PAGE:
Snapcash: why did Snapchat’s payment feature fail

The special features of Snapcash and its uncertain future


Snapcash: why did Snapchat’s payment feature fail. Source:

Since the late 2010s new and new social media have been emerging every day. They really pop up like mushrooms, and if you are not in your early 20s (or, apparently, younger), it is hard to keep pace, since staying updated on all social networks and related novelties is not that easy, especially if you don’t use them much.

Today PaySpace Magazine would like to talk about Snapchat, and more specifically about its payment feature called Snapcash.


Snapchat is a mobile application that allows you to share photos, videos, text messages, and pictures with other users. The peculiarity of the service is that a user is able to set a time limit during which the other users can watch a video or photo. When the time limit expires, the file is deleted. No less than 700M of these files are sent daily via Snapchat. The photo messenger was valued at $10B in 2018.

Now, let’s find out why Snapchat is so popular, and what it really can offer.


Let’s find out why Snapchat is so popular. Source:

The Snapchat messenger beat Twitter by the daily audience number in 2016. Yes, you’ve got it right, Snapchat was used by a bigger audience than Twitter, on a daily basis. Actually, even in 2019, Twitter has 134M daily active users.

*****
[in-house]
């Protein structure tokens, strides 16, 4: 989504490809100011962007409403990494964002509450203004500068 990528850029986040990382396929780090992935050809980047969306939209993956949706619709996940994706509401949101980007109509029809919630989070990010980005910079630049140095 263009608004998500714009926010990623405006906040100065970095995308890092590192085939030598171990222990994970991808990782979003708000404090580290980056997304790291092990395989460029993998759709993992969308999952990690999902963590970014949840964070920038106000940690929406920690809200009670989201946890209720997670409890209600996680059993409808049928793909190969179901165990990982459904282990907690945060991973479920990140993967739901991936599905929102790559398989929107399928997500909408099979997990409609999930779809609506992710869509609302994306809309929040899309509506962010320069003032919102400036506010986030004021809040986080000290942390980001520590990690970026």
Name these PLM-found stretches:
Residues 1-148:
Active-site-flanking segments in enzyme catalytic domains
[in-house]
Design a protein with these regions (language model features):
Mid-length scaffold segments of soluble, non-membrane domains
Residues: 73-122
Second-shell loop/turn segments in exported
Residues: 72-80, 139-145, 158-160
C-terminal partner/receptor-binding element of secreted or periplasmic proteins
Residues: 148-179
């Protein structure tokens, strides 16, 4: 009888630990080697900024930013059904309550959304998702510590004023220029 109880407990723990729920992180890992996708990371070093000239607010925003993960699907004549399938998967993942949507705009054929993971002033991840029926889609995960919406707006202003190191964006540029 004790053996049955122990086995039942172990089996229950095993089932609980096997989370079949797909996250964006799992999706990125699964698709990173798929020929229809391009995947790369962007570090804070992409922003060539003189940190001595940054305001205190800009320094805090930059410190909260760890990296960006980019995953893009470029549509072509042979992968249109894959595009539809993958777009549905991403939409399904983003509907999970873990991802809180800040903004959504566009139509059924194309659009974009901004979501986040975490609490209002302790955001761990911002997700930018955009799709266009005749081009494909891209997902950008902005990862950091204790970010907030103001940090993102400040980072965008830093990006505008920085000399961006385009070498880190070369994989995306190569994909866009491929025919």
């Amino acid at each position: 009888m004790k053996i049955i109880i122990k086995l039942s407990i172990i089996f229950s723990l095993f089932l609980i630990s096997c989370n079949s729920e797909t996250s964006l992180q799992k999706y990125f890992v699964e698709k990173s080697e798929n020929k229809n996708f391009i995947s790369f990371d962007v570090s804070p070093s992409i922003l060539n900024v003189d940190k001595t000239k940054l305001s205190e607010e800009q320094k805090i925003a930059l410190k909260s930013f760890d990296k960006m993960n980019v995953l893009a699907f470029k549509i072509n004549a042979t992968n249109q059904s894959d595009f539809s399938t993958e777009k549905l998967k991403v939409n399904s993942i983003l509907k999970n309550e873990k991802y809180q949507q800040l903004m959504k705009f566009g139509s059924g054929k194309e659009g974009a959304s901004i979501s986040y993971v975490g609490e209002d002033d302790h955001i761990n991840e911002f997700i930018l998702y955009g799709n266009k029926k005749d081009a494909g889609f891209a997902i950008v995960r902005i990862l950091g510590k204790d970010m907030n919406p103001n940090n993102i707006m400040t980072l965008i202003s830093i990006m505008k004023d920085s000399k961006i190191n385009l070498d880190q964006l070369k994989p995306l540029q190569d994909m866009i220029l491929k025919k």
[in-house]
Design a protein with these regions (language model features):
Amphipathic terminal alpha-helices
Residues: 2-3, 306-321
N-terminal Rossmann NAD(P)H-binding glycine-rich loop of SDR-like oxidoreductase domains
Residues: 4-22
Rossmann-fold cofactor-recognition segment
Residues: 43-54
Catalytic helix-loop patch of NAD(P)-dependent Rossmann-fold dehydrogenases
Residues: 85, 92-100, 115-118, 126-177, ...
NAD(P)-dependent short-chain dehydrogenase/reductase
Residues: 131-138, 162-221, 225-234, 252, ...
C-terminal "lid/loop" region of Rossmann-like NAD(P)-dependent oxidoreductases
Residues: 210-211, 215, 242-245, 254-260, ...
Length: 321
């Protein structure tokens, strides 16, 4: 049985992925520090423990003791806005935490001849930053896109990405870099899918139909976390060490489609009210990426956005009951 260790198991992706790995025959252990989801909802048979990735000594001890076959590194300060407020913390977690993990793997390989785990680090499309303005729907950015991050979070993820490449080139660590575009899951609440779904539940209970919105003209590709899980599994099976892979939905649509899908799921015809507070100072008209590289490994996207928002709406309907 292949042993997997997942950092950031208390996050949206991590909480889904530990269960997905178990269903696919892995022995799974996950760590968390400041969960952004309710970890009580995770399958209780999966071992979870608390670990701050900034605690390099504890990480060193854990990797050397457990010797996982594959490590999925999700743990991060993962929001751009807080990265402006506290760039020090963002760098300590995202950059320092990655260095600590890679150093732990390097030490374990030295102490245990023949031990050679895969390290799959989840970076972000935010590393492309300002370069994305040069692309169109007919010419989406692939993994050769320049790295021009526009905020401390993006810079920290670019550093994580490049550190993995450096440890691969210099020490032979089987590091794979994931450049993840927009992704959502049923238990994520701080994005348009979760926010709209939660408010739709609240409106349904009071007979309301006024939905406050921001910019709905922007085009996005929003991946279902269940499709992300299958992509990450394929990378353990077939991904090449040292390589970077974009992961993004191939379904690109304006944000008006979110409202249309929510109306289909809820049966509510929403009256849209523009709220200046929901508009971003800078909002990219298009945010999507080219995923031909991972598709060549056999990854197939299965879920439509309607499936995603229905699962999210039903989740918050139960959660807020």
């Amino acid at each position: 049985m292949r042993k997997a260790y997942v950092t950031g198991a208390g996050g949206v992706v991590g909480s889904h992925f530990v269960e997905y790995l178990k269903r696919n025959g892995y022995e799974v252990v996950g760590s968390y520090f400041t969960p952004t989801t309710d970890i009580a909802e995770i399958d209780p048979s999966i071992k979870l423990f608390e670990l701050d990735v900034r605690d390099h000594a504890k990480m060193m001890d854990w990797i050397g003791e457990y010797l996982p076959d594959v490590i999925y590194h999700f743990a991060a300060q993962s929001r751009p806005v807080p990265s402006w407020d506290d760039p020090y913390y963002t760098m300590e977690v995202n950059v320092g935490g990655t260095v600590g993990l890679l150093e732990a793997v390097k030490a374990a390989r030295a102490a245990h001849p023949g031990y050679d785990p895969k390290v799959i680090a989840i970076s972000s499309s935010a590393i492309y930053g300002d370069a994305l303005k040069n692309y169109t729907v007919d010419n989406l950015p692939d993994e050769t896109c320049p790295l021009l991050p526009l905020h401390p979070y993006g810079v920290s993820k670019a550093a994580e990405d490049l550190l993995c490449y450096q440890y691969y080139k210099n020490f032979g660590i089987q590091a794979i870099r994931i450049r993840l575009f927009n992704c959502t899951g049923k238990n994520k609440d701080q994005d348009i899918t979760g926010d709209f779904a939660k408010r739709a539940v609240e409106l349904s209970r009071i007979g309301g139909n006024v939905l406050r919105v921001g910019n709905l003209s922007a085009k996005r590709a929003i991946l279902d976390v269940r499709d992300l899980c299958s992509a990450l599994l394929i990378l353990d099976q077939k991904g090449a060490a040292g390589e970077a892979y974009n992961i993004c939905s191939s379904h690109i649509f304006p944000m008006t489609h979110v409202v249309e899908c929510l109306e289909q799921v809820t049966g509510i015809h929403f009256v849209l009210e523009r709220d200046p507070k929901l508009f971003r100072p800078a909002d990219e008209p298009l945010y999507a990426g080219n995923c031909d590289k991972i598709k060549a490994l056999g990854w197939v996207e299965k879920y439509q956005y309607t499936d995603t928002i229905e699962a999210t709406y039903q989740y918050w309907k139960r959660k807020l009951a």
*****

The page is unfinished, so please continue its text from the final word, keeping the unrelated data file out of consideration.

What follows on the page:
According to official statistics, 150M people used the Snapchat service each day (as of 2016). That made the five-year-old (at that time) messaging app more popular than Twitter Inc. by daily active users.

Snapchat has been growing quickly, boosted by its popularity among young people. Moreover, according to Influencer Marketing Hub, the app had 186M daily active users in Q4 2018. Moreover, Q1 of 2019 showed even more incredible number – 191M active daily users.

If you live, let’s say, in Europe, you will be surprised to hear such statistics. You can even say “Come on, none of my friends use it”. You can, but according to statistics, in the first place, it is all about American youth.
More than 60% of Americans aged from 13 to 38 use Snapchat. The app is also popular in Canada, India, and Australia. For now, Europe hasn’t welcomed this messenger service very warmly yet, but who knows, maybe this will happen very soon. Trends change so often (sometimes even overnight).

Let’s continue this conversation. As for me, when I first heard of Snapchat and had not the most exhaustive answer on how it worked, I asked myself, “Why do I need another messenger if I already have WhatsApp, Telegram, Viber, and even WeChat?” Maybe you are asking yourself the same now.


Snapchat is not the kind of messenger people are used to.

Snapchat is not the kind of messenger people are used to. The major purpose of Snapchat is photos and short video exchange. That is too much, and I ask once again “For Christ’s sake, you people got Instagram for this!” However, things aren’t that simple. Unlike Instagram, nobody pays attention to “beauty” and the quality of a photo. It is more about instant photo/video exchange. People let you know where they are and how they feel, so it becomes more personal and real (compared to unrealistic beauty of staged Insta pictures). After all, what difference does it make if a photo disappears in a few seconds?